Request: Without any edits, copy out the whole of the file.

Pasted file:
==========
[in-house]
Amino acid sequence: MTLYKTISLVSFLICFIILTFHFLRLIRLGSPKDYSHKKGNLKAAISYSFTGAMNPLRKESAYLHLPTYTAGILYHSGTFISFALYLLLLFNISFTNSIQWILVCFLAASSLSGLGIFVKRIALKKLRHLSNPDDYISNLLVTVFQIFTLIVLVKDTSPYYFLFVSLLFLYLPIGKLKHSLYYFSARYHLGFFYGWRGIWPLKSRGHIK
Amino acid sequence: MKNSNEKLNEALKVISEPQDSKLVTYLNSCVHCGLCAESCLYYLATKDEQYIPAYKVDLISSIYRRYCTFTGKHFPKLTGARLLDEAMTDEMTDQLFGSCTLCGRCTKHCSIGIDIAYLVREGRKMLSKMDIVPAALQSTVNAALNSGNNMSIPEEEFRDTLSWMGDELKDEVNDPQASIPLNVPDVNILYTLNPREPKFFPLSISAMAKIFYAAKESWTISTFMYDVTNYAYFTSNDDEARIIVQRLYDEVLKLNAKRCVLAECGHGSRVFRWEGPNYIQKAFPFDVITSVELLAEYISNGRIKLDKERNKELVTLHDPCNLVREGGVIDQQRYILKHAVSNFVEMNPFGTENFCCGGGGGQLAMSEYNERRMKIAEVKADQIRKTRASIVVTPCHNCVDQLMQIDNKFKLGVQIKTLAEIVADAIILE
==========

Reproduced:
[in-house]
Amino acid sequence: MTLYKTISLVSFLICFIILTFHFLRLIRLGSPKDYSHKKGNLKAAISYSFTGAMNPLRKESAYLHLPTYTAGILYHSGTFISFALYLLLLFNISFTNSIQWILVCFLAASSLSGLGIFVKRIALKKLRHLSNPDDYISNLLVTVFQIFTLIVLVKDTSPYYFLFVSLLFLYLPIGKLKHSLYYFSARYHLGFFYGWRGIWPLKSRGHIK
Amino acid sequence: MKNSNEKLNEALKVISEPQDSKLVTYLNSCVHCGLCAESCLYYLATKDEQYIPAYKVDLISSIYRRYCTFTGKHFPKLTGARLLDEAMTDEMTDQLFGSCTLCGRCTKHCSIGIDIAYLVREGRKMLSKMDIVPAALQSTVNAALNSGNNMSIPEEEFRDTLSWMGDELKDEVNDPQASIPLNVPDVNILYTLNPREPKFFPLSISAMAKIFYAAKESWTISTFMYDVTNYAYFTSNDDEARIIVQRLYDEVLKLNAKRCVLAECGHGSRVFRWEGPNYIQKAFPFDVITSVELLAEYISNGRIKLDKERNKELVTLHDPCNLVREGGVIDQQRYILKHAVSNFVEMNPFGTENFCCGGGGGQLAMSEYNERRMKIAEVKADQIRKTRASIVVTPCHNCVDQLMQIDNKFKLGVQIKTLAEIVADAIILE